The Old Testament Lesson for this Sunday is written in the book of the prophet Isaiah. The text is Isaiah 42:14-21 and provides us with some strange metaphors for the LORD God. Verse 13, which precedes this pericope, uses the metaphor of a “mighty man,” a “warrior” for the LORD and this is not too much of a stretch for us. However, our text begins with the metaphor of a woman in child birth. The thought of the LORD being like a woman crying out in labor is a bit more on the edge for us. In speaking of this, Reed Lessing writes in his Isaiah 40-55 commentary:

“The metaphors work together because of their shared entailments. Both concern people who have a passion and fever; both warriors and birthing mothers cry out and shout aloud. Yahweh’s power and compassion are likewise set alongside of each other in 40:10-11; His arm rules for Him, yet the same arm gently gathers lambs into His bosom as He leads nursing ewes. Whereas Yahweh’s arm is the motif in 40:10-11, in 42:13-14 the action of crying out links His characteristics of toughness (Warrior) and tenderness (birthing mother)” (p. 281).

Israel is soon to be birthed out of bondage into new life. Feminine imagery involving the LORD is not unusual in Scripture. In the Old Testament examples are found in Isaiah 42:14; 45:10; 49:15 and in Deuteronomy 32:18. In the New Testament the most familiar are in the words of Jesus Himself: “O Jerusalem, Jerusalem… how often I have long to gather you under my wings as a hen gathers her chicks…” However, the LORD is never called a woman, nor are feminine pronouns used referencing Him.

In verse 17 we see the language reminding the people, and us, of the Golden calf incident in Exodus 32:8, and then beginning in verse 18 we read of TWO servants. The deaf and blind servant is God’s servant/people Israel who are completely hopeless apart from hope in the LORD’s true and suffering Servant, our LORD Jesus Christ.

One more thing of note is the language of change. First, creation/nature itself is changed in verse 15, and then the people are changed in verse 16. Of course, the “change agent” is God, more specifically the One for whom the people are to prepare for, the coming Servant, the Messiah.

42:14 הֶחֱשֵׁיתִי (he-che-Shei-ti) root: חשׁה (khaw-shaw) Hiphil: “to keep silent; to be silent; to exhibit silence; to be still”

אַחֲרִישׁ; (a-cha-Rish) root: חרשׁ (khaw-rash) Hiphil: “to keep silent; to be silent; to be still”

אֶתְאַפָּק, (et-ap-Pak) root: אפק (aw-fak) Hithpael: “to restrain; to control oneself; to refrain” This verb occurs only in the Hithpael.

אֶפְעֶה, (ef-Eh) root: פעה (paw-aw) Qal: “to moan; to groan” Hapax Legomenon

אֶשֹּׁם, (esh-Shom) root: נשּׁם (naw-sham) Qal: “to pant; to puff”

וְאֶשְׁאַף> (ve-esh-Af) root: שׁאף (shaw-af) Qal: “to gasp; to pant”

יָחַד (Ya-chad) “at the same time; at once”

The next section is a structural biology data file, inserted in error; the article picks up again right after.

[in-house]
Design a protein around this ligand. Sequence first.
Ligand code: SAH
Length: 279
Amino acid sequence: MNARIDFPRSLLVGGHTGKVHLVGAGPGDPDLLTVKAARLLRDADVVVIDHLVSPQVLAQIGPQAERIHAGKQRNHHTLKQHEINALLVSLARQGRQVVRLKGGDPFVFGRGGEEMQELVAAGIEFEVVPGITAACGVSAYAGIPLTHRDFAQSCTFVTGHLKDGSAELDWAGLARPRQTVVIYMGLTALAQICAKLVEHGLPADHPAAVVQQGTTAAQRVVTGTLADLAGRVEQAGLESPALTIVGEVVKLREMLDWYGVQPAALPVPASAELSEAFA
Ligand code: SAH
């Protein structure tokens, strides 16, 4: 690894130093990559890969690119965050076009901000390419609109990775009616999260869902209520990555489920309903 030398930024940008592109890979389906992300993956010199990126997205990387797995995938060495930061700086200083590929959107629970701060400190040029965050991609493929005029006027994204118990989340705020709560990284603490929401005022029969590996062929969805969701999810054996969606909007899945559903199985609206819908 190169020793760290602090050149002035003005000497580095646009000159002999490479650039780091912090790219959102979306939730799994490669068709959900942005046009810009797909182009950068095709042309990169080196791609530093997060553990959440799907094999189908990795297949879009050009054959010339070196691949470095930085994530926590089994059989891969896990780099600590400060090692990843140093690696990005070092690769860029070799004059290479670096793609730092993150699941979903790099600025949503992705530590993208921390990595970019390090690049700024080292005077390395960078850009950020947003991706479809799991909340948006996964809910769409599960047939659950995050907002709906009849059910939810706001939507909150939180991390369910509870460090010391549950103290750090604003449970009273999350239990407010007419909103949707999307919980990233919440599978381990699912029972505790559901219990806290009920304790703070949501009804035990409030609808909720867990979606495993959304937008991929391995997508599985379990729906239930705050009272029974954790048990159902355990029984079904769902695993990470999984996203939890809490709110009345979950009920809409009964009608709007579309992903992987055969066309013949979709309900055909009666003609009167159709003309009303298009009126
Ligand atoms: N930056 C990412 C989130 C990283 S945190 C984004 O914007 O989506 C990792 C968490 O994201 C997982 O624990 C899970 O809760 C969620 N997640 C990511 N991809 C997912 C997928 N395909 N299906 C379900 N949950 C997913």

42:15 אַחֲרִיב (a-cha-Riv) root: חרב (khaw-rab) Hiphil: “to cause to dry up; to cause to run dry; to make desolate” Note the causing agent is the LORD.

וּגְבָעוֹת (u-ge-va-ot) “hill; height”

עֶשְׂבָּם (es-Bam) “weed; herb; herbage; vegetation”

אוֹבִישׁ (o-Vish) root: יבשׁ (yaw-bashe) Hiphil: “to make dry; to cause to wither; to wither”

לָאִיִּים (la-i-Yim) from: איi (ee) “islands; coastlands; distant shore”

וַאֲגַמִּים: (va-a-gam-Mim) “pool; pond”

42:16 עִוְרִים (iv-Rim) “blind”

בִּנְתִיבוֹת (bin-ti-Vot) “path”

אַדְרִיכֵם; (ad-ri-Chem) root: דרך (daw-rak) Hiphil: “to cause to tread on; to lead”

מַחְשָׁךְ; (mach-Shach) “dark; dark place; darkness”

וּמַעֲקַשִּׁים (u-ma-a-kask-Shim) “uneven land; rough ground; crooked place” Hapax Legomenon

לְמִישׁוֹר. (le-mi-Shor) “plain; level land; level ground”

42:17 נָסֹגוּ (na-So-gu) root: סוג (soog) Niphal: “to turn back; to withdraw; to be turned”

בֹשֶׁת (Vo-shet) “shamed greatly”

בַּפָּסֶל; (bap-Pa-sel) from: פּסל, (peh-sel) “idol; image; divine image”

לְמַסֵּכָה (le-mas-se-Chah) “cast image; metal casting; molten image”

42:18 הַחֵרְשִׁים; (ha-che-re-Shim) from: חרשׁe (khay-rashe) “deaf”

שְׁמָעוּ (she-Ma-u) Qasl, imperative: “to hear”

הַבִּיטוּ; (hab-Bi-tu) root: נבט (naw-bat) Hiphil, imperative: “to look up; to look”

42:19 כִּמְשֻׁלָּם (kim-shul-Lam) root: משׁל (mah-shal) Pual, participle: “one in a covenant of well being; one who is at peace with; one who is dedicated to”

42:20 ראית: (ra-ot) root: ראה (raw-aw) Qal, infinitive absolute: “to see”

פָּקוֹחַ (pa-Ko-ach) root: פקח (paw-kakh) Qal: “to unstop; to open”

42:21 חָפֵץ (cha-Fetz) Qal: “to be willing; to be pleased; to desire; to delight”

יַגְדִּיל (yag-Dil) root: גדל (gaw-dal) Hiphil, imperfect: “to make great; to magnify”

וְיַאְדִּיר> (ve-ya-Dir) root: אדר (aw-dar) Hiphil, imperfect: “to make glorious; to make majestic”


Additional Resources:

Concordia Theology-Various helps from Concordia Seminary in St. Louis, MO to assist you in preaching Isaiah 42:14-21.